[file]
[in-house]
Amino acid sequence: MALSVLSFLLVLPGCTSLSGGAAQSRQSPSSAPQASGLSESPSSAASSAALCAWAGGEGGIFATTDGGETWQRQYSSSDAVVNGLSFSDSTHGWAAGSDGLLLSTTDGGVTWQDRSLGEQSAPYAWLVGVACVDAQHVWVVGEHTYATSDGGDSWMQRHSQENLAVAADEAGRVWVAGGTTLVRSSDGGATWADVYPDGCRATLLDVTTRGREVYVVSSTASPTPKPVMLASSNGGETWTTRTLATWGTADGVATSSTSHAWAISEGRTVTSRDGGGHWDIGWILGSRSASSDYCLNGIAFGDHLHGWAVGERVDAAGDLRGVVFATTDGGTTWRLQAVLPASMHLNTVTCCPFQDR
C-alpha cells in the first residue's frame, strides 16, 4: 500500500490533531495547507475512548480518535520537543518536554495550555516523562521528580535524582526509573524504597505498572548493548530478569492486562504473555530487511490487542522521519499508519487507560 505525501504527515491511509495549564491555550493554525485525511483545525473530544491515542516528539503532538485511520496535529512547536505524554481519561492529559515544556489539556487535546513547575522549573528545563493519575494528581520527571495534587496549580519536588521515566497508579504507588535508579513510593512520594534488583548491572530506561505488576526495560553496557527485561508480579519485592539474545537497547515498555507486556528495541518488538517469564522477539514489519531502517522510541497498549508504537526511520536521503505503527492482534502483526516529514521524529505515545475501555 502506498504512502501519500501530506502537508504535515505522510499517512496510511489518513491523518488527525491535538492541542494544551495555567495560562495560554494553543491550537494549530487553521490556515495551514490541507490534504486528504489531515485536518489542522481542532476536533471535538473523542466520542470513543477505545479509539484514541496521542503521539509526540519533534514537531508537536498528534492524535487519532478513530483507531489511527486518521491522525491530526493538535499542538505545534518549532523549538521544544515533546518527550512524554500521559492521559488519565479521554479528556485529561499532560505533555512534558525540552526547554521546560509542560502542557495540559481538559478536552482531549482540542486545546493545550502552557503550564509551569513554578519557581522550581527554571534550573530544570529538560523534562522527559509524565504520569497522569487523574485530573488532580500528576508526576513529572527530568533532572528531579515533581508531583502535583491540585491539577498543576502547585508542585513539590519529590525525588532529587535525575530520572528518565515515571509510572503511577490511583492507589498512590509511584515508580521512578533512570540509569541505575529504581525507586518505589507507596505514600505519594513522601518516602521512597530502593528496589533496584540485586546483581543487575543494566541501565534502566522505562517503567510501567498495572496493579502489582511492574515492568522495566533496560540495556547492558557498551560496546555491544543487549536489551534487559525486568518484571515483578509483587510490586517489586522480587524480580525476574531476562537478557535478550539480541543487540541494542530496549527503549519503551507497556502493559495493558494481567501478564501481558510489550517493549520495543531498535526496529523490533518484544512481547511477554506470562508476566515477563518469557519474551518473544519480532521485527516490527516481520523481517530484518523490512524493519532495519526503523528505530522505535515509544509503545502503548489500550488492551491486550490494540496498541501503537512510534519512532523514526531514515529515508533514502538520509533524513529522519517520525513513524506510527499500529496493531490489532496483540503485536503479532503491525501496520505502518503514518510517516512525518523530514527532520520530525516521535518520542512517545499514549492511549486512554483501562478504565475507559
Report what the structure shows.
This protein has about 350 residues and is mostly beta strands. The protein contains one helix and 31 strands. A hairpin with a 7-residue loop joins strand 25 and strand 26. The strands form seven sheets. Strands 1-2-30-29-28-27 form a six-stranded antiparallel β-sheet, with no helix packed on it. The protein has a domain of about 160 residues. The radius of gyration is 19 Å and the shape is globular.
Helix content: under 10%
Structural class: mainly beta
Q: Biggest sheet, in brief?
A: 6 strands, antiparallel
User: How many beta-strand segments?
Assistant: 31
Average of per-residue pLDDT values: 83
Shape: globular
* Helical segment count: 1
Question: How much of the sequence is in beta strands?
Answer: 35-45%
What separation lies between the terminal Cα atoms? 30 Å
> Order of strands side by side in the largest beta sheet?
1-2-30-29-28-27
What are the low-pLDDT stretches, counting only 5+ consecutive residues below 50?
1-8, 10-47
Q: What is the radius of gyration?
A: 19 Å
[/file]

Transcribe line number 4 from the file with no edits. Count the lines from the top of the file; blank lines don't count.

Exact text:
Report what the structure shows.